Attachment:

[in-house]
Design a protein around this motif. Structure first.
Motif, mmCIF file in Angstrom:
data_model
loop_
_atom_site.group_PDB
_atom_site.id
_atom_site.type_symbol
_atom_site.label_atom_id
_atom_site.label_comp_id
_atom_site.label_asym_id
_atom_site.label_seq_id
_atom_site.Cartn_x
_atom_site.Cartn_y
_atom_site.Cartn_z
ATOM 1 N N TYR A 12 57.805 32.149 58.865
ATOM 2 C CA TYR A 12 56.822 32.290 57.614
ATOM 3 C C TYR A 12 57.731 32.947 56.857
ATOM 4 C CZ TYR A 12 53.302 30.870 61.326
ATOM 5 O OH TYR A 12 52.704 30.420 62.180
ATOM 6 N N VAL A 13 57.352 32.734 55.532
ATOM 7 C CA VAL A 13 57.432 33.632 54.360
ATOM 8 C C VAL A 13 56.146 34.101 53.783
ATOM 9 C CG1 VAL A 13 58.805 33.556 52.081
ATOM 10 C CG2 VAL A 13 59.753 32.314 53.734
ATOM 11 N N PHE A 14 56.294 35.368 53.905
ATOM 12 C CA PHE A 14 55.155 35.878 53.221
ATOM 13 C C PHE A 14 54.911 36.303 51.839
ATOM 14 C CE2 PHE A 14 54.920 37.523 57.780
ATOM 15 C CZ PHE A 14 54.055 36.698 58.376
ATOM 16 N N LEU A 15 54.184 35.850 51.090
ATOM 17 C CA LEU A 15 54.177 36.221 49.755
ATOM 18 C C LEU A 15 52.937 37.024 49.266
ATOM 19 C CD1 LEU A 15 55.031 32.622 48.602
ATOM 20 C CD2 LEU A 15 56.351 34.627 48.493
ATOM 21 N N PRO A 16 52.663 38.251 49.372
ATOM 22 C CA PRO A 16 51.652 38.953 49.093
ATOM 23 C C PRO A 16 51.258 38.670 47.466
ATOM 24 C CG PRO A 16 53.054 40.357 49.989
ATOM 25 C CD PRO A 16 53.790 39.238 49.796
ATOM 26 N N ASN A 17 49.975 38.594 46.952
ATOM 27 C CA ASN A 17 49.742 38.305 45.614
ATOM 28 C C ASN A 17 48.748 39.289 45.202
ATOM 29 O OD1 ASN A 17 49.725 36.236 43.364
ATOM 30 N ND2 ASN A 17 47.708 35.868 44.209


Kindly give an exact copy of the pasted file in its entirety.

[in-house]
Design a protein around this motif. Structure first.
Motif, mmCIF file in Angstrom:
data_model
loop_
_atom_site.group_PDB
_atom_site.id
_atom_site.type_symbol
_atom_site.label_atom_id
_atom_site.label_comp_id
_atom_site.label_asym_id
_atom_site.label_seq_id
_atom_site.Cartn_x
_atom_site.Cartn_y
_atom_site.Cartn_z
ATOM 1 N N TYR A 12 57.805 32.149 58.865
ATOM 2 C CA TYR A 12 56.822 32.290 57.614
ATOM 3 C C TYR A 12 57.731 32.947 56.857
ATOM 4 C CZ TYR A 12 53.302 30.870 61.326
ATOM 5 O OH TYR A 12 52.704 30.420 62.180
ATOM 6 N N VAL A 13 57.352 32.734 55.532
ATOM 7 C CA VAL A 13 57.432 33.632 54.360
ATOM 8 C C VAL A 13 56.146 34.101 53.783
ATOM 9 C CG1 VAL A 13 58.805 33.556 52.081
ATOM 10 C CG2 VAL A 13 59.753 32.314 53.734
ATOM 11 N N PHE A 14 56.294 35.368 53.905
ATOM 12 C CA PHE A 14 55.155 35.878 53.221
ATOM 13 C C PHE A 14 54.911 36.303 51.839
ATOM 14 C CE2 PHE A 14 54.920 37.523 57.780
ATOM 15 C CZ PHE A 14 54.055 36.698 58.376
ATOM 16 N N LEU A 15 54.184 35.850 51.090
ATOM 17 C CA LEU A 15 54.177 36.221 49.755
ATOM 18 C C LEU A 15 52.937 37.024 49.266
ATOM 19 C CD1 LEU A 15 55.031 32.622 48.602
ATOM 20 C CD2 LEU A 15 56.351 34.627 48.493
ATOM 21 N N PRO A 16 52.663 38.251 49.372
ATOM 22 C CA PRO A 16 51.652 38.953 49.093
ATOM 23 C C PRO A 16 51.258 38.670 47.466
ATOM 24 C CG PRO A 16 53.054 40.357 49.989
ATOM 25 C CD PRO A 16 53.790 39.238 49.796
ATOM 26 N N ASN A 17 49.975 38.594 46.952
ATOM 27 C CA ASN A 17 49.742 38.305 45.614
ATOM 28 C C ASN A 17 48.748 39.289 45.202
ATOM 29 O OD1 ASN A 17 49.725 36.236 43.364
ATOM 30 N ND2 ASN A 17 47.708 35.868 44.209